(HOST) As Vermont polished up its Norman Rockwell image for the foliage season, commentator Helen Labun Jordan started thinking about how an economy built on personal attention in a small town will fare in the digital age, when everything we want seems to be one click or screen tap away.
(LABUN JORDAN) I recently participated in my first staffed conference call. This idea of staff for a phone call was completely new to me.
Normally, conference calls use a series of automated menus, half remembered pass-codes, and infinite hold loops to dump you onto one phone line filled with people who forget to press mute while they start doing things in the background.
The staffed conference call began with a secretary named Mary taking my name, checking the spelling, and then informing me that because I was speaking on the call I was on the VIP list. She would escort me to the pre-conference meeting room.
“Mr. Maguire,” Mary said to our host, “Ms. Jordan is entering the room; the main room will be admitting participants in 4 minutes. Is there anything you need?”
I could almost see the doors swing open into a green room filled with my fellow presenters, lounging on couches and sipping spritzers. Every few minutes Mary checked on our well being. I was an honest to goodness virtual VIP.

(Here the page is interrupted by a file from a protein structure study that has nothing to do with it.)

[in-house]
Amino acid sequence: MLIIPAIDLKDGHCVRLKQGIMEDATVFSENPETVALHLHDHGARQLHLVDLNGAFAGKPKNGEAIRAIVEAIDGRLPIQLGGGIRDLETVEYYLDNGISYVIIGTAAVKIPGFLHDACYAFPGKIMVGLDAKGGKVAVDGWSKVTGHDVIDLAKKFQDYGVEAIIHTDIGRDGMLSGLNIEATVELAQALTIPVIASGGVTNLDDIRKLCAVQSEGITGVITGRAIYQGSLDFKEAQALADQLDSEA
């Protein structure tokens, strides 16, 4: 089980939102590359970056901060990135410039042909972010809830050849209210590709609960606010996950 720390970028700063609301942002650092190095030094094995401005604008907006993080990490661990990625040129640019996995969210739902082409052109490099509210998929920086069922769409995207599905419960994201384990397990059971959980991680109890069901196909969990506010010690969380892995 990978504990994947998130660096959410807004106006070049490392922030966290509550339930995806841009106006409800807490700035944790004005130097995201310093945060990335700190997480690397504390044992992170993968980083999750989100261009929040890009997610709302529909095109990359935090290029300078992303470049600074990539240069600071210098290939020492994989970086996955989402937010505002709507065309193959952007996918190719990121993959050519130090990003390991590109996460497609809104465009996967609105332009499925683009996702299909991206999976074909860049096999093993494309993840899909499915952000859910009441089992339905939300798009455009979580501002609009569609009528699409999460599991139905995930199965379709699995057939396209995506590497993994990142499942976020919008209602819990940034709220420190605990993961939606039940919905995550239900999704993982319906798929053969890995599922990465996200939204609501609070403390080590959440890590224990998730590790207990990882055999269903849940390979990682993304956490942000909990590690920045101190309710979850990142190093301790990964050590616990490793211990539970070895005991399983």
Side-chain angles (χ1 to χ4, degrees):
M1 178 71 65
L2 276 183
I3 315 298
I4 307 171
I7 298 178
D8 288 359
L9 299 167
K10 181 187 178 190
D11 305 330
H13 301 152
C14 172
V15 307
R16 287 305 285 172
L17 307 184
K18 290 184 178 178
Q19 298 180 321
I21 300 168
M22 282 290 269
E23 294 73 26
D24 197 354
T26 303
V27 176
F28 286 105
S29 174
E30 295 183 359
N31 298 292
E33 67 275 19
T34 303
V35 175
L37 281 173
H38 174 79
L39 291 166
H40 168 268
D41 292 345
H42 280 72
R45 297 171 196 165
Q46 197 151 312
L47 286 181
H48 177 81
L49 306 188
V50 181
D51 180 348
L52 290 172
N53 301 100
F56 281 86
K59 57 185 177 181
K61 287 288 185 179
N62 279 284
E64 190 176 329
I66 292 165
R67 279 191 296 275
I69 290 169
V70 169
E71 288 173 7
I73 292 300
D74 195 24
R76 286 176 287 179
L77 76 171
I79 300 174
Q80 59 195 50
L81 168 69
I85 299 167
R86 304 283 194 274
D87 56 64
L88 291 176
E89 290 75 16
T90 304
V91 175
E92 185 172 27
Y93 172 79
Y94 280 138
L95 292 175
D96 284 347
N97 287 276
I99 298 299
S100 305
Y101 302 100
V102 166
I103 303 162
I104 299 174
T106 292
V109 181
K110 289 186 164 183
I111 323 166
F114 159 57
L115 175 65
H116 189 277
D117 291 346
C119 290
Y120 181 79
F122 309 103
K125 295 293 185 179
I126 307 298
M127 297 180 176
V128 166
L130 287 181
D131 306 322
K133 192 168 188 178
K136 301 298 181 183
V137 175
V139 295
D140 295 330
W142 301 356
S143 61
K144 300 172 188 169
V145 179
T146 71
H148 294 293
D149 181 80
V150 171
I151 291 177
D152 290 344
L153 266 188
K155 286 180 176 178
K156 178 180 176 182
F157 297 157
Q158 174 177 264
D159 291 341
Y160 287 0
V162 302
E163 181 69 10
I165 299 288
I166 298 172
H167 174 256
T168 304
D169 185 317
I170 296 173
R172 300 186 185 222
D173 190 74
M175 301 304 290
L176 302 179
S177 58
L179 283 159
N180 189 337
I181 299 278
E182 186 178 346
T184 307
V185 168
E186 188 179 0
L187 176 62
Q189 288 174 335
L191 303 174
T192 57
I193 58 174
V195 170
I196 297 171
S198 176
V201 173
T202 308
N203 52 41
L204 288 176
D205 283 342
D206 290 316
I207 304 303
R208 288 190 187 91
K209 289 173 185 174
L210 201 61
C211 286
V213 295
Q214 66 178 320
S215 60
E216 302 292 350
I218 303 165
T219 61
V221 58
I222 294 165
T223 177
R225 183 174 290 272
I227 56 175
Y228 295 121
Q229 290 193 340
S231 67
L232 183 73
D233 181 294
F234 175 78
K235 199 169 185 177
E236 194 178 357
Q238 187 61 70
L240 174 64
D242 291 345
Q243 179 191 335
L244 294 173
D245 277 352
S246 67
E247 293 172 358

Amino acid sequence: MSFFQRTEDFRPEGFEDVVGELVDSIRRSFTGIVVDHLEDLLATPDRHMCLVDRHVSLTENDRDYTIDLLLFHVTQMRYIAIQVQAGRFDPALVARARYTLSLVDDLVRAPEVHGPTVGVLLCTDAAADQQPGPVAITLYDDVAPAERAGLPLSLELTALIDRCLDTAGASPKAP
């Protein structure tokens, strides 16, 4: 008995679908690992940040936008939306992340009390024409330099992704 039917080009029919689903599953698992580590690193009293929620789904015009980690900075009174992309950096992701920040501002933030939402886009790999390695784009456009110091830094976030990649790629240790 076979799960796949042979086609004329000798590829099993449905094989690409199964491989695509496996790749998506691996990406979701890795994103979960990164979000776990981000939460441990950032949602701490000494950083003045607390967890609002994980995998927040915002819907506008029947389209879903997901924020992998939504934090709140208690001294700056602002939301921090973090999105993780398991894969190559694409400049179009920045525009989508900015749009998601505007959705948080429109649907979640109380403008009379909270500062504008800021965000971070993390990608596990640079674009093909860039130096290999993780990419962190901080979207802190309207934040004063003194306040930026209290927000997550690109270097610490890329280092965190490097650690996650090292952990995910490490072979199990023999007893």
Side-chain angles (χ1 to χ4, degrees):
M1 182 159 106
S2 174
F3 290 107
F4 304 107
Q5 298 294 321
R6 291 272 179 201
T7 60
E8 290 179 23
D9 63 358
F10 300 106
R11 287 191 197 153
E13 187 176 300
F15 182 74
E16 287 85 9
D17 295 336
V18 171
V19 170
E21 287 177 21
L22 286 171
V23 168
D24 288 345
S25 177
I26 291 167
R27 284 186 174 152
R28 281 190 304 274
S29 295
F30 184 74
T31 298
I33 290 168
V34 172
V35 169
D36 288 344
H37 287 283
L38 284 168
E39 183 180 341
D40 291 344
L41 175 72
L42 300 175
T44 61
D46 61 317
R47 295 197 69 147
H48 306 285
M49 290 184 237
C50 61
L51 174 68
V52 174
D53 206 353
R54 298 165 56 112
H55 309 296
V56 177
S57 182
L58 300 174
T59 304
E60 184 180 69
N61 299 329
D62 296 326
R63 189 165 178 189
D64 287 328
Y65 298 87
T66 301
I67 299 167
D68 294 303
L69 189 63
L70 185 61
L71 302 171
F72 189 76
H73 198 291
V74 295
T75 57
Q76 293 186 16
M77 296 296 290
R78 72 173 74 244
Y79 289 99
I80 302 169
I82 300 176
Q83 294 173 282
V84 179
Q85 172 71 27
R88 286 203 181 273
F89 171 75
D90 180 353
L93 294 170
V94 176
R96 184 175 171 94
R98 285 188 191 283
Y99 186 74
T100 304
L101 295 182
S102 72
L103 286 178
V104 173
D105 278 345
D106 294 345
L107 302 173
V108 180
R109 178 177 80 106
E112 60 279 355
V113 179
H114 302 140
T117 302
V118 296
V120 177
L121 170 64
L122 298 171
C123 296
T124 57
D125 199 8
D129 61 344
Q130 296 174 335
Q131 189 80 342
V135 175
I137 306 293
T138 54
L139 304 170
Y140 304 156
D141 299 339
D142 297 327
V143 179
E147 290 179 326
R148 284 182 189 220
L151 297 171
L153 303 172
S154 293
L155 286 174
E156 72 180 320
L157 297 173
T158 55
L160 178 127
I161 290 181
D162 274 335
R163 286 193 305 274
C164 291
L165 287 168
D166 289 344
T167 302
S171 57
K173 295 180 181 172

A week later, at a presentation on the digital future, I heard an anecdote from Electric Town in Japan. The speaker had been walking down the sidewalk when a signal from his phone caused a nearby billboard to flash his picture alongside a Nikon ad – and direct him to a sale around the corner.
This should have been another example of VIP treatment in the digital age – a billboard reconfiguring itself to match your personal shopping needs! But to me it didn’t feel like VIP status. It was a nifty trick, but more akin to ordering flowers for delivery to your own doorstep – without another person, the dynamic just isn’t the same.
What the billboard really demonstrated is that today we can personalize almost anything – building our own news rooms with selected blog feeds, or watching favorite TV shows on our own schedule. But ‘personalized’ doesn’t mean quite what it did back when there was an actual person involved.
This shift is important for Vermont, where many businesses have been built on old fashioned personalization, the kind that meant special treatment, not just customized services. And today it’s possible to benefit both from the new technology and from the value of having actual people in our interactions.
Visitors to a sugaring operation can still enjoy an insider’s tour – and also enjoy the convenience of ordering syrup whenever they want online.
Customers in a downtown bookstore may value a conversation with the owner more than they value an algorithm that spits out ads based on past purchases; but they might also rely on Facebook for updates on the next author reading.
A lot has changed in today ’s economy, but we still like personal attention to go with our customized gadgets now and again; and who doesn’t like a bit of VIP treatment – even if it’s just for the length of a phone call.